As we enter the dog days of August, enjoy some classic Suns memories in our next series of Throwback Thursday pieces.
To start, let's look back on one of the great, underrated Suns moments. The 1989-90 Suns didn't make the NBA Finals, they didn't win an inordinate amount of regular season games (54), but they did feature a high-octane offense and, more importantly, they shook a long-time monkey off their backs by finally vanquishing the Lakers in the playoffs.
Before Kobe Bryant, Shaquille O'Neal and Pau Gasol tormented the Suns in the postseason, Kareem Abdul-Jabbar, Magic Johnson, Byron Scott, James Worthy and Wilt Chamberlain did. As our own Scott Howard documented before the last Suns heartbreaking playoff loss to the Lakers in 2010, the Lakers defeated the Suns the first 6 times they faced off in the postseason, including 5 times during the 1980s.
The 1990 Western Conference semifinal match-up didn't figure to go any differently. Having won the past three Western Conference crowns and two of the previous three NBA Finals, the Lakers rolled into the series as a 63 win juggernaut led by future HOF-ers Magic Johnson (the reigning league MVP) and James Worthy, and legendary coach Pat Riley. These were the "Showtime" Lakers and, despite the retirement of Jabbar, appeared to be at the peak of their powers.
Meanwhile, Cotton Fitzsimmons' Suns squad was led by two stars in Kevin Johnson and Tom Chambers, plus a host of great role players including Jeff Hornacek, Eddie Johnson, Dan Majerle and Mark West. Though they won 9 fewer regular season games than the Lakers, this was a Suns team strong enough to finish 2nd in the league in scoring at 114.9, 3rd in O-Rating and 6th in D-Rating, with a PPG scored vs. surrendered average of 114.9-107.8.
It wasn't actually such a mismatch except for the "It's Lakers/Suns, so we all know how it will end" element. But cracks had formed beneath the surface of the Lakers dynasty, and their chemistry was crumbling beneath the tyrannical rule of Riley and Magic, as Jeff Pearlman chronicled in his 2014 book "Showtime."
Even still, the Suns 104-100 game 1 victory behind a monster, 24 point, 16 rebound and 7 blocked shot performance from West, who thoroughly dominated aging Mychal Thompson and rookie Vlade Divac, looked like a mirage after the Lakers turned the tables 124-100 in game 2.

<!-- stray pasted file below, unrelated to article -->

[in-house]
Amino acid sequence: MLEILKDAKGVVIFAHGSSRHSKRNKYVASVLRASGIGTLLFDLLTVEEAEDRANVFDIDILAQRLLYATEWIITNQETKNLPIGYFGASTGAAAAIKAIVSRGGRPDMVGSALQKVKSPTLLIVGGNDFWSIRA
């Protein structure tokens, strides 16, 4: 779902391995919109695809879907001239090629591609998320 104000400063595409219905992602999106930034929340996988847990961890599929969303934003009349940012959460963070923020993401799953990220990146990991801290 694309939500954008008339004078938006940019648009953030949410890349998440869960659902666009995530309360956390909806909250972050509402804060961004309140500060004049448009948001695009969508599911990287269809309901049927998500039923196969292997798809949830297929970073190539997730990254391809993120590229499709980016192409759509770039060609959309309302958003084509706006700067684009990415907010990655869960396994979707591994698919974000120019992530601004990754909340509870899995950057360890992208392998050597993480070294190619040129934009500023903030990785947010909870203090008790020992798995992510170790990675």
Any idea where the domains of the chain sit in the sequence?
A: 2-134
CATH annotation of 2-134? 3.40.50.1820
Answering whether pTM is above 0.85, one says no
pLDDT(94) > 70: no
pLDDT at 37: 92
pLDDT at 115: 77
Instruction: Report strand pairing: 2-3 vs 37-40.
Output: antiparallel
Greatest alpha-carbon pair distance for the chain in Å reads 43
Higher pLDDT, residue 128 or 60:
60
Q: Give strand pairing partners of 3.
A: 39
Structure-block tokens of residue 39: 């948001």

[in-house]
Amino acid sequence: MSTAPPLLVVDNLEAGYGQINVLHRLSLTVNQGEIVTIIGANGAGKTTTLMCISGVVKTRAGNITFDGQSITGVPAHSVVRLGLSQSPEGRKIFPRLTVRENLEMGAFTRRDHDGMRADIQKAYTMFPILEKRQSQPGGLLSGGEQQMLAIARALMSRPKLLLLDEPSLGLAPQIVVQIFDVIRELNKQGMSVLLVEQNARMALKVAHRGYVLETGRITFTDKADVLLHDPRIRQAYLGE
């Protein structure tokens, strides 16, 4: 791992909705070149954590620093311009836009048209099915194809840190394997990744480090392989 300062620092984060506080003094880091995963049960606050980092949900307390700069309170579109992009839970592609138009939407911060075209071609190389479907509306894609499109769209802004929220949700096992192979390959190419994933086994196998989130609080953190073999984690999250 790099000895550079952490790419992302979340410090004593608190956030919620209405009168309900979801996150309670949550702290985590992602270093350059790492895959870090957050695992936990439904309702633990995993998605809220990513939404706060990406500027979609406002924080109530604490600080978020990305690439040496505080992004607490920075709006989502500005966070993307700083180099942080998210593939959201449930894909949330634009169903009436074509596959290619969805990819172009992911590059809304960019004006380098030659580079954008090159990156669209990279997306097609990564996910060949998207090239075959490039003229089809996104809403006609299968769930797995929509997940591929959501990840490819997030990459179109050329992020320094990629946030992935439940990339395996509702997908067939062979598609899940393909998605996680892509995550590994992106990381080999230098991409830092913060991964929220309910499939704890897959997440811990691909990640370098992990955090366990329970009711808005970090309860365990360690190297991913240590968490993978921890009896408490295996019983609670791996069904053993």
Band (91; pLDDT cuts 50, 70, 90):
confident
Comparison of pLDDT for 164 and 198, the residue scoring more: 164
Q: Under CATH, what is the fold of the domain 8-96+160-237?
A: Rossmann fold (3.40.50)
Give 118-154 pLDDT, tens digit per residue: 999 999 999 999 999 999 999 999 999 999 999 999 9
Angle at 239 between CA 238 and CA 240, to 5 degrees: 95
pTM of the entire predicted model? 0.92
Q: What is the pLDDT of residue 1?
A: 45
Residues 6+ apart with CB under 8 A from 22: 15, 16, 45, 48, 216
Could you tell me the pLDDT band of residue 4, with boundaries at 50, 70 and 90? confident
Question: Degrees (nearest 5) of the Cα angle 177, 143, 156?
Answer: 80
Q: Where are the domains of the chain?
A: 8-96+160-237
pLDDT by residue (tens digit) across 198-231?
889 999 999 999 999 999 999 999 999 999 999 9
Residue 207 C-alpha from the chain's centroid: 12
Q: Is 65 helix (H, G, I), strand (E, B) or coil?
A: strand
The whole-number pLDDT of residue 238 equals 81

Then the series shifted back to Phoenix tied at 1 game apiece, and the Suns made it look shockingly easy, winning 117-103 and then 114-101. The trio of Chambers, KJ and Hornacek combined for 85 points in game 3 and 80 in game 4. The Lakers looked old, rattled and outmatched as the Suns demonstrated the explosiveness at the top end of their roster in taking a commanding 3-1 lead heading into game 5.
Beyond the great individual performances by the Suns in the series, most Suns fans remember it in much the same way as the defeat of the Spurs in the 2010 playoffs: Until the final buzzer sounded on the Suns fourth win, it always felt like the enemy was soon to awaken and strike back. No lead felt safe. Loss after loss to the same franchise will do that to a fanbase.
Such was the feeling going into 1990 game 5 in LA versus the Lakers. Of course, the Lakers weren't going to go down easily, and jumped out to a 35-20 lead after the first quarter. Magic had a game befitting his legend with 43 points, 8 rebounds and 7 assists, but was ultimately no match for the Suns two-headed monster of KJ and Hornacek. They went for a combined 59 points in constantly drawing fouls to finish 17-18 from the line, including the clinchers at the end.
Enjoy the drama of the final minute of the game, right after the Suns took the lead for good and held on for the 106-103 win to clinch the series.
Chambers, KJ and Hornacek each averaged over 20 PPG in the series, with KJ beasting for 22.0 points, 11.2 assists, 5.6 rebounds and 2.8 steals per game. West played his best ball as a pro in averaging 14.4 points, 11.2 rebounds and 3.4 blocks per game while shooting 69% from the field.
But the real story was the response of Suns fans. Beaten down for years by the Lakers, it was time to celebrate. Remember that in 1990, the Suns and Cardinals (recently moved from St. Louis, terrible at football and yet to establish a loyal following) were the only pro sports teams in town. At the time, Phoenix was a Suns city, and the estimated 9,000 fans who greeted the team at Sky Harbor Airport as their flight from LA returned proved this.
Per an LA Times story published May 16, 1990, the day after the Suns game 5 win, KJ expressed the optimism of the time:
"We want to be the team of the next decade," said Johnson, who scored a playoff career-high 37 points in Game 5. "We want to play well not just for one year, but for the decade. The way to do that is to start here."
It didn't exactly work out that way. The Suns lost the following Western Conference Finals to the Blazers, then went on to have a successful decade of the 90s, but with only one Western Conference title, zero league championships and several heartbreaking close calls to show for it.
As for the Lakers, that game 5 would be Pat Riley's last game coaching the team. Though his successor, Mike Dunleavy, led them to the Finals the next year, they'd lose to Michael Jordan's Bulls. Later in the summer of 1991, Magic Johnson was diagnosed HIV positive, and the Lakers would never be the same until the emergence of Kobe and Shaq in the late 90s. The 80's were over, and so was Showtime.
But in the wake of the series win, with the Suns finally slaying their longtime nemesis and fans reveling, it was only about that one glorious moment. We'll leave KJ, only 24 years of age at the time, with the last word:
"It's amazing how much basketball can do for the morale of a city"